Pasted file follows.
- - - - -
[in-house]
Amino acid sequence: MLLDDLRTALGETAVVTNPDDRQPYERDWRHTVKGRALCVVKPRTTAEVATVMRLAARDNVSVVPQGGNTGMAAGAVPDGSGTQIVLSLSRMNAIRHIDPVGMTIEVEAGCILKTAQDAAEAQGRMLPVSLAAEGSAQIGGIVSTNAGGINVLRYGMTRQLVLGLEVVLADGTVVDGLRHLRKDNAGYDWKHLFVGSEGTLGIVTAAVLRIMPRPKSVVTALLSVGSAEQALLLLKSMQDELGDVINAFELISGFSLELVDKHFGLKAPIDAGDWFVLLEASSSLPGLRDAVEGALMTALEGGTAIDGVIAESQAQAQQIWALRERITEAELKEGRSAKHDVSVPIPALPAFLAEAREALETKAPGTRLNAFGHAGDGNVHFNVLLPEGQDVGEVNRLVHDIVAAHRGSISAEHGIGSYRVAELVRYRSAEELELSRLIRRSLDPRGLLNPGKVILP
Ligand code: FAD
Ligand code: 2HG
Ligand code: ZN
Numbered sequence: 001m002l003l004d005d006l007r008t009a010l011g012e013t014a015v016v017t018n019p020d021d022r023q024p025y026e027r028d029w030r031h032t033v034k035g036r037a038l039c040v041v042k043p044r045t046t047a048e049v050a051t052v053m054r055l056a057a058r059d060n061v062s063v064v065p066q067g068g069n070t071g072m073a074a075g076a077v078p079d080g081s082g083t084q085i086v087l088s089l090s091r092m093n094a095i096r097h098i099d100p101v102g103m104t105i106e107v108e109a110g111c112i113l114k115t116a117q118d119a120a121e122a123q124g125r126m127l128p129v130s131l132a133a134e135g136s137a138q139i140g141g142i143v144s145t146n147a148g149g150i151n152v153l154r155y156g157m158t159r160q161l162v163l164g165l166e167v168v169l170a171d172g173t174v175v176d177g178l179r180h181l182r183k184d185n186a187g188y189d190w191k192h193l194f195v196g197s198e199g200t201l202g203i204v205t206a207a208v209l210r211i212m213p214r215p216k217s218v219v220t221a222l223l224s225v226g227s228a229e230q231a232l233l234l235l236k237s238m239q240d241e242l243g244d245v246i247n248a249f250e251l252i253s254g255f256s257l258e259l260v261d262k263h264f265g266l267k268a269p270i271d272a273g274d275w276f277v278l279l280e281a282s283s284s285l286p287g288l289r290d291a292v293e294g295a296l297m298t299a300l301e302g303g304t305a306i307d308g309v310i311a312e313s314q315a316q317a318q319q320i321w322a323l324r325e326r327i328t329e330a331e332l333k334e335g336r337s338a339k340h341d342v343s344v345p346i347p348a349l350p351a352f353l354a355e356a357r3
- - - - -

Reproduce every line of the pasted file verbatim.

[in-house]
Amino acid sequence: MLLDDLRTALGETAVVTNPDDRQPYERDWRHTVKGRALCVVKPRTTAEVATVMRLAARDNVSVVPQGGNTGMAAGAVPDGSGTQIVLSLSRMNAIRHIDPVGMTIEVEAGCILKTAQDAAEAQGRMLPVSLAAEGSAQIGGIVSTNAGGINVLRYGMTRQLVLGLEVVLADGTVVDGLRHLRKDNAGYDWKHLFVGSEGTLGIVTAAVLRIMPRPKSVVTALLSVGSAEQALLLLKSMQDELGDVINAFELISGFSLELVDKHFGLKAPIDAGDWFVLLEASSSLPGLRDAVEGALMTALEGGTAIDGVIAESQAQAQQIWALRERITEAELKEGRSAKHDVSVPIPALPAFLAEAREALETKAPGTRLNAFGHAGDGNVHFNVLLPEGQDVGEVNRLVHDIVAAHRGSISAEHGIGSYRVAELVRYRSAEELELSRLIRRSLDPRGLLNPGKVILP
Ligand code: FAD
Ligand code: 2HG
Ligand code: ZN
Numbered sequence: 001m002l003l004d005d006l007r008t009a010l011g012e013t014a015v016v017t018n019p020d021d022r023q024p025y026e027r028d029w030r031h032t033v034k035g036r037a038l039c040v041v042k043p044r045t046t047a048e049v050a051t052v053m054r055l056a057a058r059d060n061v062s063v064v065p066q067g068g069n070t071g072m073a074a075g076a077v078p079d080g081s082g083t084q085i086v087l088s089l090s091r092m093n094a095i096r097h098i099d100p101v102g103m104t105i106e107v108e109a110g111c112i113l114k115t116a117q118d119a120a121e122a123q124g125r126m127l128p129v130s131l132a133a134e135g136s137a138q139i140g141g142i143v144s145t146n147a148g149g150i151n152v153l154r155y156g157m158t159r160q161l162v163l164g165l166e167v168v169l170a171d172g173t174v175v176d177g178l179r180h181l182r183k184d185n186a187g188y189d190w191k192h193l194f195v196g197s198e199g200t201l202g203i204v205t206a207a208v209l210r211i212m213p214r215p216k217s218v219v220t221a222l223l224s225v226g227s228a229e230q231a232l233l234l235l236k237s238m239q240d241e242l243g244d245v246i247n248a249f250e251l252i253s254g255f256s257l258e259l260v261d262k263h264f265g266l267k268a269p270i271d272a273g274d275w276f277v278l279l280e281a282s283s284s285l286p287g288l289r290d291a292v293e294g295a296l297m298t299a300l301e302g303g304t305a306i307d308g309v310i311a312e313s314q315a316q317a318q319q320i321w322a323l324r325e326r327i328t329e330a331e332l333k334e335g336r337s338a339k340h341d342v343s344v345p346i347p348a349l350p351a352f353l354a355e356a357r3